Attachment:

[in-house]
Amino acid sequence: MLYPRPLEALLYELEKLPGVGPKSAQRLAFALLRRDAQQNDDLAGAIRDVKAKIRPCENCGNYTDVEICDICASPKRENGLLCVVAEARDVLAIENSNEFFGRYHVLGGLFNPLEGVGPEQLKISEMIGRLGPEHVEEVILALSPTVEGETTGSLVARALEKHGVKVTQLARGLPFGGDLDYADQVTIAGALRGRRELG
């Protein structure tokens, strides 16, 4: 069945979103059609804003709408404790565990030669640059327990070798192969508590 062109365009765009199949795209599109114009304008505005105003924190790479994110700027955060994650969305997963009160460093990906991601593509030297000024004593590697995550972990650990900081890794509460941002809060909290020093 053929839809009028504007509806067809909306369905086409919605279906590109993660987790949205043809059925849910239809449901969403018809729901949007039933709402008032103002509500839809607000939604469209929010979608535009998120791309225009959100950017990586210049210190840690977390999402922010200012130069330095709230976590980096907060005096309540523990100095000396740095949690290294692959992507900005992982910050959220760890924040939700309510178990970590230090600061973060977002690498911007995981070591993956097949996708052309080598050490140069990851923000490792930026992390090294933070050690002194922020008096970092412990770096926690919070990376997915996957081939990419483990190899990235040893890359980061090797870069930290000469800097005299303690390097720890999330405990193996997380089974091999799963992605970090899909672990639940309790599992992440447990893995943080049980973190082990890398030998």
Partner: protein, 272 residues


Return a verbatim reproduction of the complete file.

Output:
[in-house]
Amino acid sequence: MLYPRPLEALLYELEKLPGVGPKSAQRLAFALLRRDAQQNDDLAGAIRDVKAKIRPCENCGNYTDVEICDICASPKRENGLLCVVAEARDVLAIENSNEFFGRYHVLGGLFNPLEGVGPEQLKISEMIGRLGPEHVEEVILALSPTVEGETTGSLVARALEKHGVKVTQLARGLPFGGDLDYADQVTIAGALRGRRELG
């Protein structure tokens, strides 16, 4: 069945979103059609804003709408404790565990030669640059327990070798192969508590 062109365009765009199949795209599109114009304008505005105003924190790479994110700027955060994650969305997963009160460093990906991601593509030297000024004593590697995550972990650990900081890794509460941002809060909290020093 053929839809009028504007509806067809909306369905086409919605279906590109993660987790949205043809059925849910239809449901969403018809729901949007039933709402008032103002509500839809607000939604469209929010979608535009998120791309225009959100950017990586210049210190840690977390999402922010200012130069330095709230976590980096907060005096309540523990100095000396740095949690290294692959992507900005992982910050959220760890924040939700309510178990970590230090600061973060977002690498911007995981070591993956097949996708052309080598050490140069990851923000490792930026992390090294933070050690002194922020008096970092412990770096926690919070990376997915996957081939990419483990190899990235040893890359980061090797870069930290000469800097005299303690390097720890999330405990193996997380089974091999799963992605970090899909672990639940309790599992992440447990893995943080049980973190082990890398030998």
Partner: protein, 272 residues